The profile of the CHRO (and the HR function in general) has risen exponentially in the past two years in visibility, significance, and recognized contributions to the business.
The increased expectations and opportunities for stakeholder impact that now fall on the CHRO are unequalled. The unknowns related to the ongoing pandemic, combined with new hybrid work models and the changing role of the office (including culture implications), talent supply chain disruption, and an ever-changing competitive landscape, are more than enough for any CHRO to take on in addition to traditional HR initiatives.
Add to that the pressures organizations face to show meaningful progress on addressing racial, gender, and social inequities, and to disclose (internally and externally) information and data related to actions and progress on each as well as other aspects of human capital.
To position their organizations to compete and win both near and longer-term, CHROs are laser-focused on strategy to attract, develop, and retain the diversity of talent needed to maximize value to all critical stakeholders. This requires a multi-faceted approach with particular emphasis on the following.
The following priorities and predictions are excerpted from our 2022 Priorities & Predictions report, based on guidance from our Chief HR Officer Board.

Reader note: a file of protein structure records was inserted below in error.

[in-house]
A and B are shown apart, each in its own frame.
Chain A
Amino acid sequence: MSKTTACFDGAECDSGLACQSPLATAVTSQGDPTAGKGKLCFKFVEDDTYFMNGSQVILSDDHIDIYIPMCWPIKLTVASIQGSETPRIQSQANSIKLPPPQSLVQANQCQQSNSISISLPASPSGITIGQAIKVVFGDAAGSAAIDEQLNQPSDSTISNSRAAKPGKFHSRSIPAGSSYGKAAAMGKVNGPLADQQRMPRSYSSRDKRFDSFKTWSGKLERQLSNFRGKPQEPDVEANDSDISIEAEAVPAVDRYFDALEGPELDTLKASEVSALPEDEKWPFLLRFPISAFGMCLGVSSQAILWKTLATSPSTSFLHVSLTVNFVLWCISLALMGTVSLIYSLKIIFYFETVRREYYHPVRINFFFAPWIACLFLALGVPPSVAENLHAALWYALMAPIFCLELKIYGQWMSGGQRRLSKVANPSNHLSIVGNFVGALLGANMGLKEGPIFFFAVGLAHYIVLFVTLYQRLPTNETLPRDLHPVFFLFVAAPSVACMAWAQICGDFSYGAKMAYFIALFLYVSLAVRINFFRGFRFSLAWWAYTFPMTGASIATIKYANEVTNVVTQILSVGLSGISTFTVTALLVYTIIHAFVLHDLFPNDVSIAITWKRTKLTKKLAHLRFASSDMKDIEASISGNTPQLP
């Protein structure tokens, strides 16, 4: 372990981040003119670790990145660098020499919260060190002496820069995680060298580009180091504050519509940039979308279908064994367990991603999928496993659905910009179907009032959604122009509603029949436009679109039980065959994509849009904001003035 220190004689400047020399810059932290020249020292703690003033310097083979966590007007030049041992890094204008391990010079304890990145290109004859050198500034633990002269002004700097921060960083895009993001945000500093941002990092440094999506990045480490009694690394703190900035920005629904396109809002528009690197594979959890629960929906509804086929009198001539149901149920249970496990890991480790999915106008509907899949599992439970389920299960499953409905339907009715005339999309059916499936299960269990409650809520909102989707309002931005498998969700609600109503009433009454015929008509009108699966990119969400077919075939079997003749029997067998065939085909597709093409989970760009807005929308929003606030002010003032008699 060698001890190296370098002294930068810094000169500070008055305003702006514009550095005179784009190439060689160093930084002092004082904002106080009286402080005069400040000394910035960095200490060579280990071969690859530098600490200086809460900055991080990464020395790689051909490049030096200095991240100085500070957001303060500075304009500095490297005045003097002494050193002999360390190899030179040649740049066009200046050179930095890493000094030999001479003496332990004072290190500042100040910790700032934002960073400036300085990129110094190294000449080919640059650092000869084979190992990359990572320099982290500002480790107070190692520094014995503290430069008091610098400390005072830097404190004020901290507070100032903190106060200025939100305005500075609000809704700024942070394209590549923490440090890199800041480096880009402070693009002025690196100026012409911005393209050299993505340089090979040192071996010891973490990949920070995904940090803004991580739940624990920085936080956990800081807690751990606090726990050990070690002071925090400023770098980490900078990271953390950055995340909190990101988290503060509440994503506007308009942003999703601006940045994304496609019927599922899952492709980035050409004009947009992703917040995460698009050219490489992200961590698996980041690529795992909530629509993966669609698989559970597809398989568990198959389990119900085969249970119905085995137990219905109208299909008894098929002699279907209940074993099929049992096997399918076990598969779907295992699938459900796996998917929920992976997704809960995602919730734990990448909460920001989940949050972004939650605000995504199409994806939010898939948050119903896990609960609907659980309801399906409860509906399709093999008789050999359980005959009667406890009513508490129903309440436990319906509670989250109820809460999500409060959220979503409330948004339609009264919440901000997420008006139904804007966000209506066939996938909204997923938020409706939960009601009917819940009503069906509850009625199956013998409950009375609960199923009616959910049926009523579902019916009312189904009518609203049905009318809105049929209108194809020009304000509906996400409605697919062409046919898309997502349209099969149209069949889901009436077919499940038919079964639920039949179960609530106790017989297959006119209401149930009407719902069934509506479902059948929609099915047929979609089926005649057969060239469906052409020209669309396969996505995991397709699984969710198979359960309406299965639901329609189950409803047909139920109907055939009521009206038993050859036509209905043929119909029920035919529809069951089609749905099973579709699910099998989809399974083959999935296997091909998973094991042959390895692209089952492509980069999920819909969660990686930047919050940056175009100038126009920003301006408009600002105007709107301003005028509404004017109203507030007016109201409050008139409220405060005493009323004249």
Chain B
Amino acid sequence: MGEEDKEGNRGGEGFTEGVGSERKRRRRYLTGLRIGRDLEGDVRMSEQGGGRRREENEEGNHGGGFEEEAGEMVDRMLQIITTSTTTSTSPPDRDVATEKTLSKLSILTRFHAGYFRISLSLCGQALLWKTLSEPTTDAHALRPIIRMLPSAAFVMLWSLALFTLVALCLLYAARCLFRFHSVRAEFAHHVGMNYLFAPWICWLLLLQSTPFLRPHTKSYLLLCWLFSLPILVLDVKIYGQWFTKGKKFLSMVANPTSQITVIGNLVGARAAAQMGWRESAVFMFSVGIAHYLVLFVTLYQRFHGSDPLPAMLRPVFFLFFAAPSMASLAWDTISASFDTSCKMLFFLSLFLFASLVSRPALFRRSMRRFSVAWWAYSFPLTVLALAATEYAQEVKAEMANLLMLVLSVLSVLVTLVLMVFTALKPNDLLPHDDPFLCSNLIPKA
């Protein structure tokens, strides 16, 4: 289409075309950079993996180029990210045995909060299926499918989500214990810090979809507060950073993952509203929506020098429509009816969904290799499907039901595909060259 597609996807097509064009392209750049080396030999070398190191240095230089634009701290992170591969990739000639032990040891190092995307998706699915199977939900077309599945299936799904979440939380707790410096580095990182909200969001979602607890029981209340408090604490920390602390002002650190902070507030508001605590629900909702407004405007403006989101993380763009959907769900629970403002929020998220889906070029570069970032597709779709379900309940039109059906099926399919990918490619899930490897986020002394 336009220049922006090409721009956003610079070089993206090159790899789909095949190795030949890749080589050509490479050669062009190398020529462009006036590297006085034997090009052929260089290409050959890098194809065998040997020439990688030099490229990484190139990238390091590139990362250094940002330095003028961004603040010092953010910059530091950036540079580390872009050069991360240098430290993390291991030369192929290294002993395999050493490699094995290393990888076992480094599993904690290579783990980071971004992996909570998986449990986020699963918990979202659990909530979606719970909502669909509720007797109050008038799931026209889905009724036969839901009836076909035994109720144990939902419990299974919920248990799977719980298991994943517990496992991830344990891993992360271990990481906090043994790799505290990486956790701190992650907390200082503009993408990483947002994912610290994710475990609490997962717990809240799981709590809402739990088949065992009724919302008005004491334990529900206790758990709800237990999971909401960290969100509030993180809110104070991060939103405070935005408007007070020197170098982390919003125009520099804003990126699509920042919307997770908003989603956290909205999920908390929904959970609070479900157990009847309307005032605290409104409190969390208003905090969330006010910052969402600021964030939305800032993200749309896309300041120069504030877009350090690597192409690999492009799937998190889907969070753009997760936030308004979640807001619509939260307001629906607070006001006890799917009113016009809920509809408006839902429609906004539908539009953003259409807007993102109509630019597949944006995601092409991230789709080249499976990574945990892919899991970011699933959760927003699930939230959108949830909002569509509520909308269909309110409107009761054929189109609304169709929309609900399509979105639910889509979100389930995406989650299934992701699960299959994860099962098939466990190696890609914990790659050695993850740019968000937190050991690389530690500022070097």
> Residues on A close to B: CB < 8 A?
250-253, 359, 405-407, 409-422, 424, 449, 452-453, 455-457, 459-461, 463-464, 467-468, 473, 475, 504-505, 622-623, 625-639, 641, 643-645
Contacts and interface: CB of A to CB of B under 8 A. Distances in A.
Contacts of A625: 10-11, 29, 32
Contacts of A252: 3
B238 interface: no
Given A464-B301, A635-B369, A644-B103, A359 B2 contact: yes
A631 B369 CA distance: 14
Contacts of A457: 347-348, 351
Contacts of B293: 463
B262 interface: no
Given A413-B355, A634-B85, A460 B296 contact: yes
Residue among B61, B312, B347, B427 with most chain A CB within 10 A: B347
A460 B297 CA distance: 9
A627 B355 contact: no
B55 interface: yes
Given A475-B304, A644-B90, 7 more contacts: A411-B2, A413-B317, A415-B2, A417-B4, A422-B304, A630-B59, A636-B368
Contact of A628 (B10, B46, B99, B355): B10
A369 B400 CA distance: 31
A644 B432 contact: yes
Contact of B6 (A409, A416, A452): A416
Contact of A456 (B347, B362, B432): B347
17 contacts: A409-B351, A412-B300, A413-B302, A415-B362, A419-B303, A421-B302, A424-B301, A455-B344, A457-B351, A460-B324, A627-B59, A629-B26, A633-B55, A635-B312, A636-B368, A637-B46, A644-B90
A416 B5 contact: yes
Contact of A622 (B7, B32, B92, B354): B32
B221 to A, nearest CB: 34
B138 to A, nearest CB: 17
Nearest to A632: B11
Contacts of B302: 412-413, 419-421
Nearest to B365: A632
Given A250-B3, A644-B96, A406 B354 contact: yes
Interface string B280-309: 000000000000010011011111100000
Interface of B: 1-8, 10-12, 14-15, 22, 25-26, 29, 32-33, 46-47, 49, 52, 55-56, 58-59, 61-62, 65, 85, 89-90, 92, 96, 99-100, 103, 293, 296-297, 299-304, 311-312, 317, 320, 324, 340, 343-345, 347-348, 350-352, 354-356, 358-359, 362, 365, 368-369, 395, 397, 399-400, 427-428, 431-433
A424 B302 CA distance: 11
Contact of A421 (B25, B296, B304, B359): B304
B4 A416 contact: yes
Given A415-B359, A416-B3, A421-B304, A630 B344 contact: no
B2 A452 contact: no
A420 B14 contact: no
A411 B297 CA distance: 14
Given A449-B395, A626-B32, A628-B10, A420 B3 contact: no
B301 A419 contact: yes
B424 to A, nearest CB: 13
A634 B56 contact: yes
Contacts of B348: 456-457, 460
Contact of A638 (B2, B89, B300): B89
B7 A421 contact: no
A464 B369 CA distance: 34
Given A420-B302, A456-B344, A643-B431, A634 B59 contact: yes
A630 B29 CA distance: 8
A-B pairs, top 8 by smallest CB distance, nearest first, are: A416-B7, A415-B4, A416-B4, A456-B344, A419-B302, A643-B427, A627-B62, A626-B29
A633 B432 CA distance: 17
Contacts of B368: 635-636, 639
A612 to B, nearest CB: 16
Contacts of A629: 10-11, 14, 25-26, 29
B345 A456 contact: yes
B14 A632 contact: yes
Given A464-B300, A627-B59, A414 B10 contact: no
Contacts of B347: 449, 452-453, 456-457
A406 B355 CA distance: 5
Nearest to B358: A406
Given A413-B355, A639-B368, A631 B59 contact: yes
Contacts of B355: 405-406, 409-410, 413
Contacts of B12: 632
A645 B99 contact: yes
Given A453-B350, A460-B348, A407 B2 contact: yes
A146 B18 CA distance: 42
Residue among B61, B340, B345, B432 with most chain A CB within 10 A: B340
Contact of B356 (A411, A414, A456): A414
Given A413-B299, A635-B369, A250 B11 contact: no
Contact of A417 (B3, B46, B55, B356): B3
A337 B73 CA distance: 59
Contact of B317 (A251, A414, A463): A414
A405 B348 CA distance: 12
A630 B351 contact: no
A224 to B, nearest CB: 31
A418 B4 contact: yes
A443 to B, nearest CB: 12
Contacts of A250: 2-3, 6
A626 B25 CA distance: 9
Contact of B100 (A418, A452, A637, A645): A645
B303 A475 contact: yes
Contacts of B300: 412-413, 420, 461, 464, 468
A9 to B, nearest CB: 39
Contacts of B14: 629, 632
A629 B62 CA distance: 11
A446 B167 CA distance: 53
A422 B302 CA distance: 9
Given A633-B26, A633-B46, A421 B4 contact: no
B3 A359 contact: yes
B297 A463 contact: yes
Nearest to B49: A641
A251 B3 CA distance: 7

1. Enabling the organization to source skills and capability where and when needed
CHROs will focus on identifying and leveraging untapped (or hidden) value (e.g., skills, capability, passion) in their existing workforces. This will be accomplished primarily through technology that matches employees with projects, tasks, or assignments that align their personal interests with the needs of the business (e.g., internal talent marketplace). It will also be accomplished through prescriptive skilling initiatives and programs that target gaps and provide intentional pathways for all workers to build the skills, establish relationships, and gain the experiences that will allow them to contribute at high levels both now and well into the future.
Beyond the current workforce, CHROs will also reimagine and reconstruct their talent supply chains to expand access to diverse sources of skills and capabilities (talent ecosystems). While supporting flexible work arrangements and hybrid work models will likely aid in this, the ability to utilize alternative talent pools (e.g., talent from key partners/customers, people with disabilities, automation and robots, gig/freelancers, academic institutions, and trade schools) will contribute greatly to enabling capability, capacity, and agility where and when needed.
As we noted in the 2021 Priorities & Predictions report: The ability to move talent—as well as innovative ideas and critical knowledge—across the organization’s ecosystem can help build and develop bench strength in critical roles, establish and strengthen key interdependencies, as well as breakdown destructive silos.
2022 will be the year this is put into action.